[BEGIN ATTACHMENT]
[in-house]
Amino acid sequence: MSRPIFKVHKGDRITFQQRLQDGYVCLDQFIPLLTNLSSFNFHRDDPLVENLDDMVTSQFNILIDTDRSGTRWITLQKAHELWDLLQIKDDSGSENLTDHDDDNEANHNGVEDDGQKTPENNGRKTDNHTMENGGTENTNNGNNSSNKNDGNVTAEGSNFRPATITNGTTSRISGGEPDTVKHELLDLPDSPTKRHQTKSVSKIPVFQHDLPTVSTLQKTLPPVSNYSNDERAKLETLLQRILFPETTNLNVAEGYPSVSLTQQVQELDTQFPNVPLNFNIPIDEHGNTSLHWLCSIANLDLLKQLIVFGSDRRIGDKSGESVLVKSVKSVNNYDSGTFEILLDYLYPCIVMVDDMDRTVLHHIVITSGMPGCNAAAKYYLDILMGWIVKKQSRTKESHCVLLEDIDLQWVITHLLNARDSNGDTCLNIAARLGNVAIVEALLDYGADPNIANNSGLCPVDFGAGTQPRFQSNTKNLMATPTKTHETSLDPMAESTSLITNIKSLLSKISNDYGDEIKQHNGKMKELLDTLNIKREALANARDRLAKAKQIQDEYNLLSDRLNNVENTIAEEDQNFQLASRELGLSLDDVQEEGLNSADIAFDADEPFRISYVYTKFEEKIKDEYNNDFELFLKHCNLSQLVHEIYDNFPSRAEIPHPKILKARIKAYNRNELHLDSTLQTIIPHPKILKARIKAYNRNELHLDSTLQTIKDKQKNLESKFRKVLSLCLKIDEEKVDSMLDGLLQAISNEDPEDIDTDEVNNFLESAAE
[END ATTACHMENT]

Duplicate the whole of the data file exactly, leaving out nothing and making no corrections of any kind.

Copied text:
[in-house]
Amino acid sequence: MSRPIFKVHKGDRITFQQRLQDGYVCLDQFIPLLTNLSSFNFHRDDPLVENLDDMVTSQFNILIDTDRSGTRWITLQKAHELWDLLQIKDDSGSENLTDHDDDNEANHNGVEDDGQKTPENNGRKTDNHTMENGGTENTNNGNNSSNKNDGNVTAEGSNFRPATITNGTTSRISGGEPDTVKHELLDLPDSPTKRHQTKSVSKIPVFQHDLPTVSTLQKTLPPVSNYSNDERAKLETLLQRILFPETTNLNVAEGYPSVSLTQQVQELDTQFPNVPLNFNIPIDEHGNTSLHWLCSIANLDLLKQLIVFGSDRRIGDKSGESVLVKSVKSVNNYDSGTFEILLDYLYPCIVMVDDMDRTVLHHIVITSGMPGCNAAAKYYLDILMGWIVKKQSRTKESHCVLLEDIDLQWVITHLLNARDSNGDTCLNIAARLGNVAIVEALLDYGADPNIANNSGLCPVDFGAGTQPRFQSNTKNLMATPTKTHETSLDPMAESTSLITNIKSLLSKISNDYGDEIKQHNGKMKELLDTLNIKREALANARDRLAKAKQIQDEYNLLSDRLNNVENTIAEEDQNFQLASRELGLSLDDVQEEGLNSADIAFDADEPFRISYVYTKFEEKIKDEYNNDFELFLKHCNLSQLVHEIYDNFPSRAEIPHPKILKARIKAYNRNELHLDSTLQTIIPHPKILKARIKAYNRNELHLDSTLQTIKDKQKNLESKFRKVLSLCLKIDEEKVDSMLDGLLQAISNEDPEDIDTDEVNNFLESAAE